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Rare birds and yoga poses: what I learned from Jawahar Bangera and the disappointed birder from South Carolina


Lots of birds, and lots of cover for them.

Alan and I met the bird watcher in the parking lot of the Big Morongo Canyon Preserve a few miles north of Palm Springs. He was sitting on the tailgate of his car, a thin gray man in full birding gear: Tilley hat, multi-pocket vest, high-powered binoculars. He looked tired, and not very friendly.

We said hello, and asked if he’d seen any birds.
“Just house finches,” he said. “I get them at my feeder in South Carolina.”

We wished him luck and set off to hike the preserve. At its heart lies a small wetland, a lush green valley at the base of dry desert hills.


Bewick's Wren, at attention, as ever.

As we walked on the boardwalk in the bushy part of the preserve, we encountered two Bewick’s Wrens, facing each other from separate bushes, tails as upright as small territorial flags: much chatter, a chase, and then they disappeared.

Where the trail moved out into the dry hills, flocks of White-Crowned Sparrows, cousins of the ones who spend their summers in the parking lot across the street from Yoga on 7th, foraged on ground that looked as barren as asphalt.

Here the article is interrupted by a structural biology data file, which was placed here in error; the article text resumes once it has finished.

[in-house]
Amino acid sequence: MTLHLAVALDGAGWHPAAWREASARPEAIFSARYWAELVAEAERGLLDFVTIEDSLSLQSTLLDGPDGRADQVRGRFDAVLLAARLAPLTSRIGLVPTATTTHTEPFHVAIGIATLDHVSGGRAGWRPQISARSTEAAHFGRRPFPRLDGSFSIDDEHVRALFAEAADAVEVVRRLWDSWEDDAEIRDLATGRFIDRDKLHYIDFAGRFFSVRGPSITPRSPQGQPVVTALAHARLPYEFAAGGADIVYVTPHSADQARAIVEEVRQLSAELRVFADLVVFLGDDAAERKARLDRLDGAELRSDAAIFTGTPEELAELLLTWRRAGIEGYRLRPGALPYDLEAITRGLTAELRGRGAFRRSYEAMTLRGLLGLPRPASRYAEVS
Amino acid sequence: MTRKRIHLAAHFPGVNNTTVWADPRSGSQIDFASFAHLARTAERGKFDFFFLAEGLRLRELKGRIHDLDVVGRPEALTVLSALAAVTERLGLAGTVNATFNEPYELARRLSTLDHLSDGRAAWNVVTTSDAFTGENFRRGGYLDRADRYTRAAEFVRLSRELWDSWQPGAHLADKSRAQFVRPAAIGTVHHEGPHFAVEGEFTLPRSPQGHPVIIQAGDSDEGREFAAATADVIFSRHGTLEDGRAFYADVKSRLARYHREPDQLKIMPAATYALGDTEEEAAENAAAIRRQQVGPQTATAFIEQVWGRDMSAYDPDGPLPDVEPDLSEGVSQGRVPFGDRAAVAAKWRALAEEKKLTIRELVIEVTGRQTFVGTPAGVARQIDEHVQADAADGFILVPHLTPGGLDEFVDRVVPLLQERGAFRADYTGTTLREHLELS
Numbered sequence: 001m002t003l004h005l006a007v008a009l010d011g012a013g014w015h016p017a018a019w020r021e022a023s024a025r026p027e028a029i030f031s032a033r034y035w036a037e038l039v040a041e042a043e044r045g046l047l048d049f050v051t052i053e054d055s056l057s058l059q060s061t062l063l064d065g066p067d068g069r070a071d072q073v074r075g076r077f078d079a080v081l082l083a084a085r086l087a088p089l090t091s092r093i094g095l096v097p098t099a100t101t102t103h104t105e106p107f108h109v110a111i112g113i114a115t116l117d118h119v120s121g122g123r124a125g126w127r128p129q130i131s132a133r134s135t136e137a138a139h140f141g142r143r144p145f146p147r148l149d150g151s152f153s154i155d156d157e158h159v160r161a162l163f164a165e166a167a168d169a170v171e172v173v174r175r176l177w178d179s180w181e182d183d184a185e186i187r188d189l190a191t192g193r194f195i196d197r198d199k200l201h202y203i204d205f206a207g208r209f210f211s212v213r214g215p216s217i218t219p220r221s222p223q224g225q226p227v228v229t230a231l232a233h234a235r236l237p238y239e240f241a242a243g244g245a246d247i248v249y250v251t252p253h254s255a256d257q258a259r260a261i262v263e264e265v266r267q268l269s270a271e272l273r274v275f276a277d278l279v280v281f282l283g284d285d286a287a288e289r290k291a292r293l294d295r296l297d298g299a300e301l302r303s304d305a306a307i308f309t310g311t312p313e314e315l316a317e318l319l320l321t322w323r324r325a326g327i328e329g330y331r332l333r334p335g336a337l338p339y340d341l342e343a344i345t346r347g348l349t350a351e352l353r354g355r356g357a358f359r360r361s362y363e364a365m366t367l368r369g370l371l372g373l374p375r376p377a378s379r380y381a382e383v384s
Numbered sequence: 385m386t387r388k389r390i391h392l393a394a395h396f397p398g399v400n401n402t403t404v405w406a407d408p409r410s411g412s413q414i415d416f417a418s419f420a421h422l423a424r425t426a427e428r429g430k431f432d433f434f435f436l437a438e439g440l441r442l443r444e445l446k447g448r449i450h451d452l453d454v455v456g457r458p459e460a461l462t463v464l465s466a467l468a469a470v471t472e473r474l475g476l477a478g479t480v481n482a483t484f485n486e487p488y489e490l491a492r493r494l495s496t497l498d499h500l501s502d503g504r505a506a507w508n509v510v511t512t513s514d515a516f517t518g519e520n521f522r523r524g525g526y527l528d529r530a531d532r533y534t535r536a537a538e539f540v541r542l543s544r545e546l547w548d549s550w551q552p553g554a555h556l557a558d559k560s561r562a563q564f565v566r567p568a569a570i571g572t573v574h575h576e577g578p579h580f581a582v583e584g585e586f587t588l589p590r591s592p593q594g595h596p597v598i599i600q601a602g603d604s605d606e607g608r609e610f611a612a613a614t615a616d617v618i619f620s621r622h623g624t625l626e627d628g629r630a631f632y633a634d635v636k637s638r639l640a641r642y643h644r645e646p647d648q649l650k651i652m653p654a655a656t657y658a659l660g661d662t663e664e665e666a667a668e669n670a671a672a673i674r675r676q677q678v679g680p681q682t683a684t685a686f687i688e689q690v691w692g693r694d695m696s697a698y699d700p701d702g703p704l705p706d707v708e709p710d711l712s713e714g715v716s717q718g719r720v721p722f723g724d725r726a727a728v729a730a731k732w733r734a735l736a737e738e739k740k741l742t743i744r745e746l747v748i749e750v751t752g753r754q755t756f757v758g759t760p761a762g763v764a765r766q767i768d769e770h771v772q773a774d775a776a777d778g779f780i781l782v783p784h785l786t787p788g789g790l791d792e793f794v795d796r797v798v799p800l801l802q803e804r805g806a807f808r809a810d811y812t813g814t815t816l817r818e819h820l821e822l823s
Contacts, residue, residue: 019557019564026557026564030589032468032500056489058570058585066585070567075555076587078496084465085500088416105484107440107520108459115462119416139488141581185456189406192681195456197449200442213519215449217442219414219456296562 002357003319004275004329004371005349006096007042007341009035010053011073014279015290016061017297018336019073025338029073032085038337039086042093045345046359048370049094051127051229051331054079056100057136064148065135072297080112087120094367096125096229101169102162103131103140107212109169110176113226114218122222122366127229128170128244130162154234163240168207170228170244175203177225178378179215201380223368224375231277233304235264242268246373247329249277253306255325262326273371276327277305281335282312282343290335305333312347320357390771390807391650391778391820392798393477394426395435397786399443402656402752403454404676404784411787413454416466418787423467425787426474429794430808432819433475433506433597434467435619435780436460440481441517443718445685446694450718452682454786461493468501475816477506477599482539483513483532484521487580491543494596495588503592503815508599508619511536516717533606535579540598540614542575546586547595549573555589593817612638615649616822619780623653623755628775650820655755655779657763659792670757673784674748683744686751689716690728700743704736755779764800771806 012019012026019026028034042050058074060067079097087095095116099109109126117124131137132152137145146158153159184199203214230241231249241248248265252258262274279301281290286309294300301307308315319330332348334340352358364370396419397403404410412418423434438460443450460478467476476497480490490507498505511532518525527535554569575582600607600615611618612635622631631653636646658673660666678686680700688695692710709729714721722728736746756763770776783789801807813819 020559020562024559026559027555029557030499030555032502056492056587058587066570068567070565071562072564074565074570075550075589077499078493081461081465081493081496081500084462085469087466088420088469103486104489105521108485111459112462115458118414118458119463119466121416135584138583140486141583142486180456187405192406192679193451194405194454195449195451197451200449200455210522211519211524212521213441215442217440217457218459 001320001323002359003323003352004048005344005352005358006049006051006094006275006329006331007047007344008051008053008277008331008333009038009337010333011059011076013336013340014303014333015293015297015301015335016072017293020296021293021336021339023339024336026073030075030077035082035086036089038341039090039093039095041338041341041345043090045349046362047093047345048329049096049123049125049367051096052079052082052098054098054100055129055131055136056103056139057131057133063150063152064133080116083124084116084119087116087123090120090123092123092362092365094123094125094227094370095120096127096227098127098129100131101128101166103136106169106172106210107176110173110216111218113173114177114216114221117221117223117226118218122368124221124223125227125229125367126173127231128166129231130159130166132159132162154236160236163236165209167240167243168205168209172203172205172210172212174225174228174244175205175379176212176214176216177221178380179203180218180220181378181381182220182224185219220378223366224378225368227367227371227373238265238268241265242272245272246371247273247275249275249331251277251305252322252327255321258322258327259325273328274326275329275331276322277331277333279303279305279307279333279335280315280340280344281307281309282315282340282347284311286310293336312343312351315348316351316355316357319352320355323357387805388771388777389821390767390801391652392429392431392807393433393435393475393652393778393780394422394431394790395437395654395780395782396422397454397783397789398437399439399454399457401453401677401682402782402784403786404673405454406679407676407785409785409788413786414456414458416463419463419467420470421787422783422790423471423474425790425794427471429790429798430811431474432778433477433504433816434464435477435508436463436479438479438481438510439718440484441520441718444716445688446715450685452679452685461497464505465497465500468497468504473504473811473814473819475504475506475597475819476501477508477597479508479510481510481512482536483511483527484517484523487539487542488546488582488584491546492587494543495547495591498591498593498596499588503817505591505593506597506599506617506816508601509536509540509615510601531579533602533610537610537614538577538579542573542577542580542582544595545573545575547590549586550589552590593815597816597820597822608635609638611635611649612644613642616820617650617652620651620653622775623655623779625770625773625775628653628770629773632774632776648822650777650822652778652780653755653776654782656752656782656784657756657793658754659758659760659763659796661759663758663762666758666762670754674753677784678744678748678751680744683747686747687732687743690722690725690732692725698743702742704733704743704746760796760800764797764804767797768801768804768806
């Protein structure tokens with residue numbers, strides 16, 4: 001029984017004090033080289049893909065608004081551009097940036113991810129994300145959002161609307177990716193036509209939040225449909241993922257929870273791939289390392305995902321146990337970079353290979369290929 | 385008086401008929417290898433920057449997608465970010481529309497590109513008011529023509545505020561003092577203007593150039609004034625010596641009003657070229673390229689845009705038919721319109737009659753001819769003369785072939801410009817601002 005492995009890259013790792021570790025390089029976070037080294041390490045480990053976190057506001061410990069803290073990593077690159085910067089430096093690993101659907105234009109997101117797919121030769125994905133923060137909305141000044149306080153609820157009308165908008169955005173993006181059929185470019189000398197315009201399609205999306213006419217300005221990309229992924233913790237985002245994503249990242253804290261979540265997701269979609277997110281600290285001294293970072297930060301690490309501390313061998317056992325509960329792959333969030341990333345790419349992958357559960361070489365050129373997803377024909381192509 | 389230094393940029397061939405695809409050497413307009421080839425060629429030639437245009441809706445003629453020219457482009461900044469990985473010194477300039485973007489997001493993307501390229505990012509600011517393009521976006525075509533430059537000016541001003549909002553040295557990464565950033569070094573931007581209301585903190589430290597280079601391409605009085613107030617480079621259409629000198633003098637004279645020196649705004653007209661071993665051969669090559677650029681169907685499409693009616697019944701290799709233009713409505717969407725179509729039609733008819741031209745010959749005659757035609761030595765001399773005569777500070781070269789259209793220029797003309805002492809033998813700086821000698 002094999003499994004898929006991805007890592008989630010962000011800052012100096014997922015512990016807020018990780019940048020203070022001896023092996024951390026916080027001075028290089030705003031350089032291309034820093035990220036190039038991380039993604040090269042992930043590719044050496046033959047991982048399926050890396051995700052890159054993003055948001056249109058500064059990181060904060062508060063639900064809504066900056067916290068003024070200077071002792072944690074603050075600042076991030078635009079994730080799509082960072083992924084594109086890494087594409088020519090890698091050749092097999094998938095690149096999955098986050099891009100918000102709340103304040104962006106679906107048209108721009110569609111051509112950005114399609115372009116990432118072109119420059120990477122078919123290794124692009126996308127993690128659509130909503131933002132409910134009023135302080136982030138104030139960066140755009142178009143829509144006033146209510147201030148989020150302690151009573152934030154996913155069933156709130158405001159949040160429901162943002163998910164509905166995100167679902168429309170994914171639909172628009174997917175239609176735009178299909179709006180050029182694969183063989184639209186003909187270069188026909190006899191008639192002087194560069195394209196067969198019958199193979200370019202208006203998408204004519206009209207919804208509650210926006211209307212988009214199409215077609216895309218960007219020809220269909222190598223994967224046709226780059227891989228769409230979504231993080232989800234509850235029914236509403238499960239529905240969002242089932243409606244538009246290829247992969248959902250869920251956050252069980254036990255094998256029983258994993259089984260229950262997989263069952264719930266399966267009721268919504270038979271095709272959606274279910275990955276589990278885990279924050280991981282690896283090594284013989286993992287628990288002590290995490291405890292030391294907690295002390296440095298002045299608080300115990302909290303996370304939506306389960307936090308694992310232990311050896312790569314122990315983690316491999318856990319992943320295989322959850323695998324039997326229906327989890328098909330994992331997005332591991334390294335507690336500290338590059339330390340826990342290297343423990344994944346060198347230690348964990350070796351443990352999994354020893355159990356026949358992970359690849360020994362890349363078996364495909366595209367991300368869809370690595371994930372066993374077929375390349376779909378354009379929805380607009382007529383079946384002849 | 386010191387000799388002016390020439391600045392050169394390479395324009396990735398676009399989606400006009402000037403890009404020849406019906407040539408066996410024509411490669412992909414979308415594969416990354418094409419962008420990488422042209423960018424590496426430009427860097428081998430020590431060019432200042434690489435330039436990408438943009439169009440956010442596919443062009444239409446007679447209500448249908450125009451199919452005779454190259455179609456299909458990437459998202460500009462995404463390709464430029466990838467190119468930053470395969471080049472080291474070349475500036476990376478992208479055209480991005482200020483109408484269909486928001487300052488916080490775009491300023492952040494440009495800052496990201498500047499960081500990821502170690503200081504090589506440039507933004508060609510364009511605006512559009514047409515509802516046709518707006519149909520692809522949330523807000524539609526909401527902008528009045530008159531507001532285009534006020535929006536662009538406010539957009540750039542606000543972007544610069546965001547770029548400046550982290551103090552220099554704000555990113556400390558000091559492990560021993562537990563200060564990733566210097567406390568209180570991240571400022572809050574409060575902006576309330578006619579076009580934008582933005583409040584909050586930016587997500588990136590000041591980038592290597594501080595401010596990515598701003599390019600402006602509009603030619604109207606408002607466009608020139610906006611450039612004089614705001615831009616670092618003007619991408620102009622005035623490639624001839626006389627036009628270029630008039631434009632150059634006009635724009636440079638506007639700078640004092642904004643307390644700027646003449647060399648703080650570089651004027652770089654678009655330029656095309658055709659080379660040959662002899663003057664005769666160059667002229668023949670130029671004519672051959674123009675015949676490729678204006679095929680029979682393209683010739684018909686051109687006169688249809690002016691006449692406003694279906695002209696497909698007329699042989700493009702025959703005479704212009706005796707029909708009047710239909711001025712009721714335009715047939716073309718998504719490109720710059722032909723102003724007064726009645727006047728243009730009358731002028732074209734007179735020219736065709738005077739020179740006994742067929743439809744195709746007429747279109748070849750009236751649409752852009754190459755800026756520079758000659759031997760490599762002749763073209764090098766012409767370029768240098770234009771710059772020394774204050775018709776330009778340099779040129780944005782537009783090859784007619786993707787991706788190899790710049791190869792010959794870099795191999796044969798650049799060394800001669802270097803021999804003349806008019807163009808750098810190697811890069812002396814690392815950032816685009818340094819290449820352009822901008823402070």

Then we saw something we couldn’t identify: a glossy bird perched on the top branch of a low-growing tree. It could have been some kind of blackbird, except for the crest and the red eyes.

We rejoined the marsh trail, with its even boardwalk, and there, on a bench, sat the South Carolina bird watcher. I asked him what birds he’d seen.

“Just some Bewick’s Wrens,” he said. “The birds have a lot of cover in here.”

I mentioned a small yellow bird we’d glimpsed a short way down the path, but didn’t get a good look at, since it was wisely taking advantage of the cover. Then I walked on, wondering how it was possible not to be glad under a blue dome of a sky, in a lush oasis filled with bird song. Isn’t a Bewick’s Wren miracle enough?


Phainopeplas eat more than 1,100 mistletoe berries a day, each, when they're in season.

Back at our temporary home, I scoured the bird book, while a male house finch with a flaming red breast – we get them at our feeder too – sang from the highest spike of the nearby Ocotillo cactus. I couldn’t find the shiny black crested bird. Nothing even came close.

Hours later, I picked up the book again. Flipping idly through the rare birds section in the back pages, I found it. We’d seen a Phainopepla (pronounced fay-no-PEP-la), a silky flycatcher. The name is Greek for “shiny robe.”

I was ecstatic, not least because Phainopepla is fun to say, and I can make Alan laugh now, almost any time, by gazing at him intently and saying: “Phainopepla.” I don’t keep a life list – a list of all the birds a birder has seen – but if I did, I’d have been very happy to add my first silky flycatcher.

Yoga practice can sometimes be like birding. It’s only natural to want a long life list, to be eager to learn new poses, to believe that novelty trumps familiarity. The poses we know well can be like birds at the feeder, welcome, but no longer commanding rapt attention.